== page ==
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  • Published 29.06.07

Penguin, Rs 450

The title, The Case of the Bonsai Manager, at first blush, suggests a Perry Mason whodunit. The author quickly clarifies that it is, in fact, about how not to become like a stunted bonsai and grow to your full potential as a manager. But, on final analysis, it is a book about leadership, and a powerful one at that.

R. Gopalakrishnan deploys a wondrous array of examples and analogies not just from nature but also from science, business, mythology, culture, society, history, economics, politics, religion (the list is really quite impressive) and his personal experiences of forty years in the transformation of two of India’s greatest corporations— Hindustan Lever Limited and the Tata Group.

For example, in just one of the sixteen chapters, he begins with the Australian ecosystem then goes on to Dubai’s economy, the primitive societies of Shoshone in North America and the Kung San in the African Kalahari, Joseph Stiglitz and “resource-cursed” economies, Singapore’s approach to risk relative to the US, crowd management at the Kumbh Mela, a family visit to Disneyland, the introduction of TV into Bhutan, and Philippine professor Caesar Saloma’s experiments with panicky mice, with lessons from Samuel Johnson, C.K. Prahalad, Gandhi and John F. Kennedy sprinkled across for good measure! While the book is obviously much more than these examples, their abundance and sheer diversity not only show the amazing depth and breadth of the author’s experience and thinking, but also whet the reader’s appetite and make The Case of the Bonsai Manager a page-turner.

The author begins by making the case for why intuition must become a necessary complement to analyses in managerial decision-making. Though he falls shy of clearly stating it, he hints that intuition should, in fact, rule over analyses in making the big bets. Most of the book then deals with how to develop your intuition and grow to your fullest potential as a leader. This is where this book really comes into its own.

Tomes have been written about leadership. Rarely do these writings capture the essence of a leader’s personal transformation from being a (potentially bonsai) manager to a leader. R. Gopalakrishnan has unwittingly written a book that is really about his own personal journey on the road to leadership. His lessons are really signposts to others on their own personal journeys. And these lessons go well-beyond developing intuition. They are about self-awareness and taking charge of your own growth and development to achieve your fullest potential. They are about feedback and coaching and mentoring. They are about broadening one’s perspective and ability to understand different contexts rather than just being stuck in the experiences of the past. And, they are about powerful leadership traits like humility, the ability to listen, caring for others, and being a human being first before being a manager. All of this is said in a style that connects, since it is a personal recounting of experiences and thinking rather than an interpretation of someone else’s.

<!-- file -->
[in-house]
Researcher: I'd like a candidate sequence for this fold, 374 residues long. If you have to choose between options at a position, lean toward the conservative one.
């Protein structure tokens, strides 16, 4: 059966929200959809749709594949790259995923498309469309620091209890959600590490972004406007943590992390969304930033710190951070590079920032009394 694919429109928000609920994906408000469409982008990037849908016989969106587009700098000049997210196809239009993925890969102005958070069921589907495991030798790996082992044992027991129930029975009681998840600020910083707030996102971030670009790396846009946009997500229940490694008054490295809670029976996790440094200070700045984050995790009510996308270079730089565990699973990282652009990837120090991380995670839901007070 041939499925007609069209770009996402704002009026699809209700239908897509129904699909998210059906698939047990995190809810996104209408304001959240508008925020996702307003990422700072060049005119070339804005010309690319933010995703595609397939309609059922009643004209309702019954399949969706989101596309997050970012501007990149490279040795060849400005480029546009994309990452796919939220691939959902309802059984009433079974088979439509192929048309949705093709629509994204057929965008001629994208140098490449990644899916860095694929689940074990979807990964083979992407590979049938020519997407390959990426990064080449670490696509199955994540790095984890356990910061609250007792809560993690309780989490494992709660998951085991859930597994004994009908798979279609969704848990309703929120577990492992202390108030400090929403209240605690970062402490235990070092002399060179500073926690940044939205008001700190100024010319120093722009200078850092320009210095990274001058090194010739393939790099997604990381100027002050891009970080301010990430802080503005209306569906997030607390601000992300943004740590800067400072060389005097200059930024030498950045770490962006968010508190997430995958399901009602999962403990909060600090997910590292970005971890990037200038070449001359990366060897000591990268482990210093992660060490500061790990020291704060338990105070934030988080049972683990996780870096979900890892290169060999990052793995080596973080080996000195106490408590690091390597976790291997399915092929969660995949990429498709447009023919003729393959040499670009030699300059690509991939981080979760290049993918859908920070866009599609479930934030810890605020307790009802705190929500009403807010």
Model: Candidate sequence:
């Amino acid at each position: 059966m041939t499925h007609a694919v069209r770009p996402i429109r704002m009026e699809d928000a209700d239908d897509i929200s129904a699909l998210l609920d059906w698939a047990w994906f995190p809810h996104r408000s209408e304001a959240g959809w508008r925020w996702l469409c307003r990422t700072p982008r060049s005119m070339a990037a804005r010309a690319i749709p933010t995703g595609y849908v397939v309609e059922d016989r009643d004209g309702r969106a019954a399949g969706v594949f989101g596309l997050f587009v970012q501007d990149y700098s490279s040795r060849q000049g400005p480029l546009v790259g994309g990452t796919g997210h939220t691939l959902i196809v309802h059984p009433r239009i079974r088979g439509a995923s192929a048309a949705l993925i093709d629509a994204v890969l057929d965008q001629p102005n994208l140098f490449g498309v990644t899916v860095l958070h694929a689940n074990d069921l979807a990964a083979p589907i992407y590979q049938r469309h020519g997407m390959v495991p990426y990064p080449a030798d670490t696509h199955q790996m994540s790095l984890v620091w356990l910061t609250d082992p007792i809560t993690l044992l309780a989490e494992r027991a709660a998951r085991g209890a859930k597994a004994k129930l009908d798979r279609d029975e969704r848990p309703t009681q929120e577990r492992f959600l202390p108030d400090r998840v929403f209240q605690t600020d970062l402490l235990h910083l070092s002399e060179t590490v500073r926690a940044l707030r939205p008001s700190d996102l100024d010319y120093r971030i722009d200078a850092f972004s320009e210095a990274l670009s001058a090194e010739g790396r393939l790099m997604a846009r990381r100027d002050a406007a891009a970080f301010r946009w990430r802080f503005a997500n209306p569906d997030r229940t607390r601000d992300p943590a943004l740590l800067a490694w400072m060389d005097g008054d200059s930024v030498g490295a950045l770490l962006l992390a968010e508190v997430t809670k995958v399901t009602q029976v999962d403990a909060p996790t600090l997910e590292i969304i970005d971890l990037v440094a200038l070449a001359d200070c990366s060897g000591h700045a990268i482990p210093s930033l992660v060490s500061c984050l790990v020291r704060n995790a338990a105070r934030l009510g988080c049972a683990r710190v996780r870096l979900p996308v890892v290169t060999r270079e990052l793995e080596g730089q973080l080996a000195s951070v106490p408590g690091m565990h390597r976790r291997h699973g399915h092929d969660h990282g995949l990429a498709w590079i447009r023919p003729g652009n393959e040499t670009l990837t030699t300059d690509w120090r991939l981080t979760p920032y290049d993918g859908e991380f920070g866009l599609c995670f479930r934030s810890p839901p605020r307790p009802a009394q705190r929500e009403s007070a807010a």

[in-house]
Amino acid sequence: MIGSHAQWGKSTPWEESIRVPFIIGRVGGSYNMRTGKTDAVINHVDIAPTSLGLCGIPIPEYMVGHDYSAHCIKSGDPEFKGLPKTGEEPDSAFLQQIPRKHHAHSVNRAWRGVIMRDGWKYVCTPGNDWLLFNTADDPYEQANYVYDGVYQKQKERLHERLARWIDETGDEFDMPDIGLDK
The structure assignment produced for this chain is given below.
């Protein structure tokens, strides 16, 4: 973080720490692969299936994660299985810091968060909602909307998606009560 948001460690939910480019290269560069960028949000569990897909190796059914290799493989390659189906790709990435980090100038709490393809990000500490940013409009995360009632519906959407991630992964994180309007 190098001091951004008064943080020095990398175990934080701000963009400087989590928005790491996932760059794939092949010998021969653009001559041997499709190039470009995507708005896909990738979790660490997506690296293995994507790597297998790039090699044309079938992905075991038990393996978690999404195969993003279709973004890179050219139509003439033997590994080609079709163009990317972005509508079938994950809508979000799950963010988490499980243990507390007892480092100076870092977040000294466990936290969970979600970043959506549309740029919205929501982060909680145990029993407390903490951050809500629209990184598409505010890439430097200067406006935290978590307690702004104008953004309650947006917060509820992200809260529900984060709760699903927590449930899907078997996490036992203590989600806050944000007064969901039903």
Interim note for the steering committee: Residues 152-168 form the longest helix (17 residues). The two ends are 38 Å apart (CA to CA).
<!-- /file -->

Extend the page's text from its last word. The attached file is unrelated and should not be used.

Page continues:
The Case of the Bonsai Manager is path-breaking and timely in terms of management-thought leadership emanating from India. As in other fields, insightful business books and management-thinking have been hitherto dominated by writers from the West. R. Gopalakrishnan has bucked this trend in writing about a difficult topic in a way that demonstrates high-quality thinking both in terms of ideas and in their delivery. At the risk of sounding jingoistic and parochial, as India establishes her claim to become one of the world’s leading economies, it is important for Indian business leaders and management academics (from India) to make impactful contributions to management-thinking, in addition to what they are doing as professionals.

This book demonstrates that there is a rich set of experiences and thinking arising out of India that the world can benefit from. It is also timely as our companies today need more leaders than ever before.